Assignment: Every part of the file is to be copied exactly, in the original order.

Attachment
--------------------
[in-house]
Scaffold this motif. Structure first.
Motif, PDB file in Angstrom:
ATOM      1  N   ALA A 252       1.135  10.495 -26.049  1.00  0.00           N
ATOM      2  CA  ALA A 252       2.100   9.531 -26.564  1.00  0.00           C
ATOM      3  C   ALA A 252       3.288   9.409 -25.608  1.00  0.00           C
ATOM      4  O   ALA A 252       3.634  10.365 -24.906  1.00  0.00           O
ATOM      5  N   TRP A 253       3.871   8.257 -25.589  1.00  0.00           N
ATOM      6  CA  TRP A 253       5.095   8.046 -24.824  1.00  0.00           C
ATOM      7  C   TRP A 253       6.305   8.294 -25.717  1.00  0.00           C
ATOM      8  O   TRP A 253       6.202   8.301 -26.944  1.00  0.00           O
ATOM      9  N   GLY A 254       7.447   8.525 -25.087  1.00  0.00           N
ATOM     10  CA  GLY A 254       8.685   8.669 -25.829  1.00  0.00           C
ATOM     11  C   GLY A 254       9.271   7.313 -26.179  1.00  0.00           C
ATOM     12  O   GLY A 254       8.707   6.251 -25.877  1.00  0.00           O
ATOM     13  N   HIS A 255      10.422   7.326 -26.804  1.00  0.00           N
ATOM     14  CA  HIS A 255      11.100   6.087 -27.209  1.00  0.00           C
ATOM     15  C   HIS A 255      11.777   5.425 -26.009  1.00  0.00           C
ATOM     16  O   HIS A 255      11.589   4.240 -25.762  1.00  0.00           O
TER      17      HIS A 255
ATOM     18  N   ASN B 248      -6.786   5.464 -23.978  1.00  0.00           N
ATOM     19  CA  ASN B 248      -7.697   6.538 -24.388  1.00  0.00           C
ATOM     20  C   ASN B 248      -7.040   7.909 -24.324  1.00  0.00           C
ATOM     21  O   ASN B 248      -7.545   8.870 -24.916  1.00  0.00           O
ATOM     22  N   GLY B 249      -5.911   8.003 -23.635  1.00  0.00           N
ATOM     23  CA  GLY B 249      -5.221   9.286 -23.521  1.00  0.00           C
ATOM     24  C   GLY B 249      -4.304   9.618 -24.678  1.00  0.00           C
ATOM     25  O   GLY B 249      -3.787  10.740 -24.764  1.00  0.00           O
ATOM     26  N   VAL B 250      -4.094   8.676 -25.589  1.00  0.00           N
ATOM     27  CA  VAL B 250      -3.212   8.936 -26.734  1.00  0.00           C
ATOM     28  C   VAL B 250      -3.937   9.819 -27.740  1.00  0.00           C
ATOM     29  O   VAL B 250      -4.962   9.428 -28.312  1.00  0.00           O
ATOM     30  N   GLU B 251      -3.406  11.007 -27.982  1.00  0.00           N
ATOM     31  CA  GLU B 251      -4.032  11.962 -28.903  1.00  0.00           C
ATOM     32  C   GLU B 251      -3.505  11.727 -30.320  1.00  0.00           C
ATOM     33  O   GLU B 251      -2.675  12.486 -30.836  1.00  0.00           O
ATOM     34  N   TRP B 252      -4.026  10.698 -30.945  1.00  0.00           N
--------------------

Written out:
[in-house]
Scaffold this motif. Structure first.
Motif, PDB file in Angstrom:
ATOM      1  N   ALA A 252       1.135  10.495 -26.049  1.00  0.00           N
ATOM      2  CA  ALA A 252       2.100   9.531 -26.564  1.00  0.00           C
ATOM      3  C   ALA A 252       3.288   9.409 -25.608  1.00  0.00           C
ATOM      4  O   ALA A 252       3.634  10.365 -24.906  1.00  0.00           O
ATOM      5  N   TRP A 253       3.871   8.257 -25.589  1.00  0.00           N
ATOM      6  CA  TRP A 253       5.095   8.046 -24.824  1.00  0.00           C
ATOM      7  C   TRP A 253       6.305   8.294 -25.717  1.00  0.00           C
ATOM      8  O   TRP A 253       6.202   8.301 -26.944  1.00  0.00           O
ATOM      9  N   GLY A 254       7.447   8.525 -25.087  1.00  0.00           N
ATOM     10  CA  GLY A 254       8.685   8.669 -25.829  1.00  0.00           C
ATOM     11  C   GLY A 254       9.271   7.313 -26.179  1.00  0.00           C
ATOM     12  O   GLY A 254       8.707   6.251 -25.877  1.00  0.00           O
ATOM     13  N   HIS A 255      10.422   7.326 -26.804  1.00  0.00           N
ATOM     14  CA  HIS A 255      11.100   6.087 -27.209  1.00  0.00           C
ATOM     15  C   HIS A 255      11.777   5.425 -26.009  1.00  0.00           C
ATOM     16  O   HIS A 255      11.589   4.240 -25.762  1.00  0.00           O
TER      17      HIS A 255
ATOM     18  N   ASN B 248      -6.786   5.464 -23.978  1.00  0.00           N
ATOM     19  CA  ASN B 248      -7.697   6.538 -24.388  1.00  0.00           C
ATOM     20  C   ASN B 248      -7.040   7.909 -24.324  1.00  0.00           C
ATOM     21  O   ASN B 248      -7.545   8.870 -24.916  1.00  0.00           O
ATOM     22  N   GLY B 249      -5.911   8.003 -23.635  1.00  0.00           N
ATOM     23  CA  GLY B 249      -5.221   9.286 -23.521  1.00  0.00           C
ATOM     24  C   GLY B 249      -4.304   9.618 -24.678  1.00  0.00           C
ATOM     25  O   GLY B 249      -3.787  10.740 -24.764  1.00  0.00           O
ATOM     26  N   VAL B 250      -4.094   8.676 -25.589  1.00  0.00           N
ATOM     27  CA  VAL B 250      -3.212   8.936 -26.734  1.00  0.00           C
ATOM     28  C   VAL B 250      -3.937   9.819 -27.740  1.00  0.00           C
ATOM     29  O   VAL B 250      -4.962   9.428 -28.312  1.00  0.00           O
ATOM     30  N   GLU B 251      -3.406  11.007 -27.982  1.00  0.00           N
ATOM     31  CA  GLU B 251      -4.032  11.962 -28.903  1.00  0.00           C
ATOM     32  C   GLU B 251      -3.505  11.727 -30.320  1.00  0.00           C
ATOM     33  O   GLU B 251      -2.675  12.486 -30.836  1.00  0.00           O
ATOM     34  N   TRP B 252      -4.026  10.698 -30.945  1.00  0.00           N